Kristen and Sihlalo, two agricultural economists, raise a valid query. They argue that in a typical productive farming operation, considering both movable and immovable assets, the land is roughly 10 percent of the value of the operation. Under expropriation without compensation would the infrastructure and assets such as farm machinery which form 90 percent of the value also be seized?
The problem is not Section 25 of the Constitution. Expropriation without compensation is a way to divert attention away from the failures of the ANC government. As former President Kgalema Motlanthe’s high-level report points out “the need to pay compensation has not been the most serious constraint on land reform in South Africa – other constraints, including corruption by officials, the diversion of the land reform budget to elites, lack of political will, and lack of training and capacity have proved more serious stumbling blocks to land reform”.
It is shocking that at the current rate it will take 35 years to finalise restitution claims lodged before 1998. How is this justice for poor black people in this country? The process to lawfully implement expropriation without compensation will only prolong the wait for the landless in this country. The government needs to address the weakness in implementing the provisions in the Constitution instead of bowing to populist rhetoric.
The fact is this: expropriation without compensation is a blatant lie. It is a lie being peddled by a desperate ANC that fears being outflanked by the EFF. We in the Democratic Alliance believe that redressing the wrongs of the past is not a game and we can never use the scars of the past to score cheap political points. Land reform is a social justice issue and the government’s newly changed position will not benefit the poor but will instead benefit the elite and those with connections to the ANC government.
Fellow South Africans, the DA believes it is possible to achieve the aims of land reform and to do so in a way that truly empowers black people and strengthens the economy. One of the ways in which this can be achieved is through partnerships with community organisations, an initiative that has enabled the DA to accelerate the pace of land reform here in the Western Cape. This approach has led to led to the success of 62% of all land reform farms in the Western Cape. This is in stark contrast to the 90% failure rate of land reform programmes in the rest of the country.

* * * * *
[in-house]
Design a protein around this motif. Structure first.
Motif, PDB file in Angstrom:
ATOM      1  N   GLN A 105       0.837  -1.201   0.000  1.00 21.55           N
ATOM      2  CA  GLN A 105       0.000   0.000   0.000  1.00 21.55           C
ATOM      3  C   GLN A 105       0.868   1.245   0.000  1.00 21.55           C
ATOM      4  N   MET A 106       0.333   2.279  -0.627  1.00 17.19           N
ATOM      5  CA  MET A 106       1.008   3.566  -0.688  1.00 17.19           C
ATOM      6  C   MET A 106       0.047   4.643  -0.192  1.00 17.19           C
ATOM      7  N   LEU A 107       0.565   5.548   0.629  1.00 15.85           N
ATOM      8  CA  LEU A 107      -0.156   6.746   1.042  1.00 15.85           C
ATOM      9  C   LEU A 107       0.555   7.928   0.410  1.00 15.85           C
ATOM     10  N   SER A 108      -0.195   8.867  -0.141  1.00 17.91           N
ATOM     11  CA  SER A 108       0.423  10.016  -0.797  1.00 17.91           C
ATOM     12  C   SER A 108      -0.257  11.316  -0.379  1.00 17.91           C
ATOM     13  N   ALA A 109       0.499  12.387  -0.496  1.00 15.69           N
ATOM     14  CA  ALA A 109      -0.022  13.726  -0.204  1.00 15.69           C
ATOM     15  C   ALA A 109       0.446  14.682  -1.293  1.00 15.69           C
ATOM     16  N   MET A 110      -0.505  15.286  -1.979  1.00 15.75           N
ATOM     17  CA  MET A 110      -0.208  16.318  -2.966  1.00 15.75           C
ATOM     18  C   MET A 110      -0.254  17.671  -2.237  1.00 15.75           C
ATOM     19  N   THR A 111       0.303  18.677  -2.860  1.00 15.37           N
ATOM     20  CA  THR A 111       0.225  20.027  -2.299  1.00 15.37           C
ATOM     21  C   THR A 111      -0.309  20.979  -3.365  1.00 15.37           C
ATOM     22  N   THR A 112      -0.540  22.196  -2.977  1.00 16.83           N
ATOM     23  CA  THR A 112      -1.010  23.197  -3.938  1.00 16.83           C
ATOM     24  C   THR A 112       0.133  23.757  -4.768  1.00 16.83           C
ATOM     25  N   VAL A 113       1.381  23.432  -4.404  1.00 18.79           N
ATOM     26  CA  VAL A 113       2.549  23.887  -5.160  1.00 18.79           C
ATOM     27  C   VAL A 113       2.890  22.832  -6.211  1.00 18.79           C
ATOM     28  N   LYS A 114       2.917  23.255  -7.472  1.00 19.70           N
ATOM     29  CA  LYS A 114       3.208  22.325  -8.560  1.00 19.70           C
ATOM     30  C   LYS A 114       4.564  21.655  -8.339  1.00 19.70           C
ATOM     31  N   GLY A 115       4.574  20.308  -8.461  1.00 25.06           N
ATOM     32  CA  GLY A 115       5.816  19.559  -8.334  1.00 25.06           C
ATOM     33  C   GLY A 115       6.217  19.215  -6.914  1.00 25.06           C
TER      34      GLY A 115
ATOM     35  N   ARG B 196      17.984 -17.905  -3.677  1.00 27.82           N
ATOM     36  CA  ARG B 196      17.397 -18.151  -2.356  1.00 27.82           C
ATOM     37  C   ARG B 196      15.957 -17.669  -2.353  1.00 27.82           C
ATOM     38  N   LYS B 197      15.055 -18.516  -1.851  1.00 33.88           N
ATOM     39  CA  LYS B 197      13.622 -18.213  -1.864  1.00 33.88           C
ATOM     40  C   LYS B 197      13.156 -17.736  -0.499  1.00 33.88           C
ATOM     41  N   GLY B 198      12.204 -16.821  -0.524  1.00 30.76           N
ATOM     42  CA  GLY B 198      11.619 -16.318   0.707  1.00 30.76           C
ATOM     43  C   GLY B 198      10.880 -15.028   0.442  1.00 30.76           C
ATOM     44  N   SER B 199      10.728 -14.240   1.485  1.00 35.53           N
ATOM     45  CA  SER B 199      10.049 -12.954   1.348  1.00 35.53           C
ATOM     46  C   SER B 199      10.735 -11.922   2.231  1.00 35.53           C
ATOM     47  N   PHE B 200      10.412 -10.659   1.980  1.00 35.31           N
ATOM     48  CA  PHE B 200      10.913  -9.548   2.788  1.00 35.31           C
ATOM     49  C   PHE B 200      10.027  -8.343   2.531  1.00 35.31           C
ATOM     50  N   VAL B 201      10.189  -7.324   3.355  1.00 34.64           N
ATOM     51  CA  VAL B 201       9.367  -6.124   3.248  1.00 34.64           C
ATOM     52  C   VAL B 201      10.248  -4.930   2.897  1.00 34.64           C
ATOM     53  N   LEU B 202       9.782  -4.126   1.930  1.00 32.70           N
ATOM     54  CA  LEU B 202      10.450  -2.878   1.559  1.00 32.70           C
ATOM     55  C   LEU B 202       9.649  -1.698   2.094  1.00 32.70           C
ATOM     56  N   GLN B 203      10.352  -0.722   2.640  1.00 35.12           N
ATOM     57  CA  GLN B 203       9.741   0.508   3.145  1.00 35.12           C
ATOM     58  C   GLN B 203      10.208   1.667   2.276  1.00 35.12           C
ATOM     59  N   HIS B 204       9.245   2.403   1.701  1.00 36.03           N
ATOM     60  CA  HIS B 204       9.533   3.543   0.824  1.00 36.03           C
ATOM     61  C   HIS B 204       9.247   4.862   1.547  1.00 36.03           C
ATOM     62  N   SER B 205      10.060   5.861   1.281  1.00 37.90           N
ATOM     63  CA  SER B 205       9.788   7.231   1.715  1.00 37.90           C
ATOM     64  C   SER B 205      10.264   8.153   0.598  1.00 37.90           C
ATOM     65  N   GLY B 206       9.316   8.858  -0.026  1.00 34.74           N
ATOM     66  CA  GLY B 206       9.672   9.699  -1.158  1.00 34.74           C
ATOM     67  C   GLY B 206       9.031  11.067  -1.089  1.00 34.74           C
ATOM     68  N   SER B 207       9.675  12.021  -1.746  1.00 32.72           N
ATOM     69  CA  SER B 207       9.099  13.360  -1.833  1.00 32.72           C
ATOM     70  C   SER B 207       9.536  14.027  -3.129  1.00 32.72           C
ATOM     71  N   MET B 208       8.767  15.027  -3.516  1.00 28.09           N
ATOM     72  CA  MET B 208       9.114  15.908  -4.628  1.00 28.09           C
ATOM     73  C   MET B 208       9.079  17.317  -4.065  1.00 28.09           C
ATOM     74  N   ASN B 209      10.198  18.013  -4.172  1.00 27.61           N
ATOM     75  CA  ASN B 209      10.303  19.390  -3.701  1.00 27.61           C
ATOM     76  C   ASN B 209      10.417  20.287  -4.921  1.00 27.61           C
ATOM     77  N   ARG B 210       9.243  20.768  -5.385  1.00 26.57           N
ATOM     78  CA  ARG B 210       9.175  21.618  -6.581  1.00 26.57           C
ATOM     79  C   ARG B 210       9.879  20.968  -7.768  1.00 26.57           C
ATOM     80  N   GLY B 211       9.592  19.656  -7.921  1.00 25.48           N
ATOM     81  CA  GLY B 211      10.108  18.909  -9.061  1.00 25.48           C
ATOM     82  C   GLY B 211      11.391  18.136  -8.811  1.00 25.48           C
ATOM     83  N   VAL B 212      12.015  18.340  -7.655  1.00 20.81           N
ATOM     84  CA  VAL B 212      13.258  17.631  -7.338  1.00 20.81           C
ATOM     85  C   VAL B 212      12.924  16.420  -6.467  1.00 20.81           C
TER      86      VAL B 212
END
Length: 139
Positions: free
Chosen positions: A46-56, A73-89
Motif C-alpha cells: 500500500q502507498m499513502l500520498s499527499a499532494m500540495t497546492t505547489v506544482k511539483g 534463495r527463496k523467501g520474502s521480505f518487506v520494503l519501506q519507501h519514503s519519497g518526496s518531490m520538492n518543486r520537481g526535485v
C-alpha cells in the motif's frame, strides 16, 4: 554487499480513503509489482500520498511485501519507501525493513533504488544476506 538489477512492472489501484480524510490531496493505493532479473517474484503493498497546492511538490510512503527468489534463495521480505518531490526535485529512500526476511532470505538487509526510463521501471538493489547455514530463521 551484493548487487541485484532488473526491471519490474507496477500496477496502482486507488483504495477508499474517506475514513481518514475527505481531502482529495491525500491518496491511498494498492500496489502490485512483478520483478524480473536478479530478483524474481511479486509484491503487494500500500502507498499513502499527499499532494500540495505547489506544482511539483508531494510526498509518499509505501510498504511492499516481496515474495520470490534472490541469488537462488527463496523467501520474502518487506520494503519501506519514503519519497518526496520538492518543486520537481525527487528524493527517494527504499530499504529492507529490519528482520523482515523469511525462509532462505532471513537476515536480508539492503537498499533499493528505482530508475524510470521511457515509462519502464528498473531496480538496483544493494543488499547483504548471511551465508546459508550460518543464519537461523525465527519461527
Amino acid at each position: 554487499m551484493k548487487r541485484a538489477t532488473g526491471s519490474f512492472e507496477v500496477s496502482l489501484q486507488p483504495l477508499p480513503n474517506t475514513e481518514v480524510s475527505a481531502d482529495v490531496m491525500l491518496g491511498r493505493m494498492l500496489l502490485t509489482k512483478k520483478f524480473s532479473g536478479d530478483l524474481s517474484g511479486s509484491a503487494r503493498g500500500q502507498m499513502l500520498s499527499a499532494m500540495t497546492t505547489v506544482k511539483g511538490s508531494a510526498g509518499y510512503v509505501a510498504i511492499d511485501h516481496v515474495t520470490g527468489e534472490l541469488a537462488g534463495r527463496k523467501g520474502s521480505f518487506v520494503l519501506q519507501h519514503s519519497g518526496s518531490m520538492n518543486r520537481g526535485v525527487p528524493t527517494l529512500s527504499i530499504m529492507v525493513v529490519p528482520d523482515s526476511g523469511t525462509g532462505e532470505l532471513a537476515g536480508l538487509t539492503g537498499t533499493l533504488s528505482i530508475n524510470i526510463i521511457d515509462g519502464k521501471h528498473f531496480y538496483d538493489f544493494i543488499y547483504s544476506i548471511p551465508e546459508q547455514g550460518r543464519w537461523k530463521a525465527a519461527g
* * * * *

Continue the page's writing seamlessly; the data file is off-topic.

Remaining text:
Our approach means we have more black farmers participating in the formal economy with the state playing a role in providing the support they need. Another method of ensuring that land reform serves as a tool of economic freedom is to give title deeds to farmers. Most people do not know that is it national government policy to withhold title deeds from black farmers, this is a barrier to land reform. Here in the Western Cape, the DA has delivered 82 830 title deeds since 2009. This not only provides black farmers with the dignity of owning their own property but it also provides access to funds through financial institutions. Surely this is true economic freedom and none of this would be achieved through expropriating without compensation.
Bantu bakuti umbutho we DA uyavumelana ne land reform no kubuyiselwa komhlaba ebantwini. Kunyanzelekile ukuba abantu abamnyama abangathathi ntweni babandakanyeke kwezomhlaba ukuze bakwazi ukuxhamla kwezo qoqosho. Kodwa asivumelani nokuxuthwa komhlaba ngaphandle kwe mbhuyekezo.